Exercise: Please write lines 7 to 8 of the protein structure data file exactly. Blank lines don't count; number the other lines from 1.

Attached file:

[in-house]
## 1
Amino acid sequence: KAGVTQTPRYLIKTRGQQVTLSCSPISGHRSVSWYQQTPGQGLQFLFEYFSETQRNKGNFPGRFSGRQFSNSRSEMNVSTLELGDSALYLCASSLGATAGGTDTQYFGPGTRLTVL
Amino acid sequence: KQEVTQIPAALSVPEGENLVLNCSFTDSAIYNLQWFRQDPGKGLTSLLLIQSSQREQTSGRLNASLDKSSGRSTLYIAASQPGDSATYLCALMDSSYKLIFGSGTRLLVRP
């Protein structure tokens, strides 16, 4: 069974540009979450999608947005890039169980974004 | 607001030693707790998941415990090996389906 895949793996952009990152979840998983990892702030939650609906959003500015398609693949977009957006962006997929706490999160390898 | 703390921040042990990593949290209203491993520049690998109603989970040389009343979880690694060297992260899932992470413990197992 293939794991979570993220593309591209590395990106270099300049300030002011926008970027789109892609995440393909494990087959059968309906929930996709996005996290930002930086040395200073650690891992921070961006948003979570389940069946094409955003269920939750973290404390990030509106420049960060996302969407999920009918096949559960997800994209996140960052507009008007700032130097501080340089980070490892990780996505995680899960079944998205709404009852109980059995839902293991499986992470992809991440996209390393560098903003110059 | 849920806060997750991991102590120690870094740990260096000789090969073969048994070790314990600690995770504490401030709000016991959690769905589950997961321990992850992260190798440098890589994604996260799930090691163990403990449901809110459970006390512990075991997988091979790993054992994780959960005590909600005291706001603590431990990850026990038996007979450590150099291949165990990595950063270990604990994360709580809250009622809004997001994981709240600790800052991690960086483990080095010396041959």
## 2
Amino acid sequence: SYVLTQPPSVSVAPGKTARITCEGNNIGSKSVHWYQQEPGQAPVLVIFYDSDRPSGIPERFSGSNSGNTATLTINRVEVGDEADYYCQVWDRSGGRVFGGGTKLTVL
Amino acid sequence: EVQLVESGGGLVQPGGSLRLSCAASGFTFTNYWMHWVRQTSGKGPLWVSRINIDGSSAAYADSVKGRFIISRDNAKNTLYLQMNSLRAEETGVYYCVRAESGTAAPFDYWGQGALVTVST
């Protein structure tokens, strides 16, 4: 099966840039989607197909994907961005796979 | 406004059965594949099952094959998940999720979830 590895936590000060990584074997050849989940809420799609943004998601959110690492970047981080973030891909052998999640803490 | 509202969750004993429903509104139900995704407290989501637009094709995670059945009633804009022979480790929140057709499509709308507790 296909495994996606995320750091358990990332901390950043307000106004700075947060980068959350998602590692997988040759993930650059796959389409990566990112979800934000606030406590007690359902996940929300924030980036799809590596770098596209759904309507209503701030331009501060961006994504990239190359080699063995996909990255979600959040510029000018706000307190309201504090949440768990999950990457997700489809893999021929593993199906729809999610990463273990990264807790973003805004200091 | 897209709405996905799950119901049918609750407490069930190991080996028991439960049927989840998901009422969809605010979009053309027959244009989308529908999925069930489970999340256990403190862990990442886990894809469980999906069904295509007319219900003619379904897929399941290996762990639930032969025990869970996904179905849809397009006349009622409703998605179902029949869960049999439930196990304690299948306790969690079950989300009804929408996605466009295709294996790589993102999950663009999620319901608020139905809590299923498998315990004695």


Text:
Amino acid sequence: SYVLTQPPSVSVAPGKTARITCEGNNIGSKSVHWYQQEPGQAPVLVIFYDSDRPSGIPERFSGSNSGNTATLTINRVEVGDEADYYCQVWDRSGGRVFGGGTKLTVL
Amino acid sequence: EVQLVESGGGLVQPGGSLRLSCAASGFTFTNYWMHWVRQTSGKGPLWVSRINIDGSSAAYADSVKGRFIISRDNAKNTLYLQMNSLRAEETGVYYCVRAESGTAAPFDYWGQGALVTVST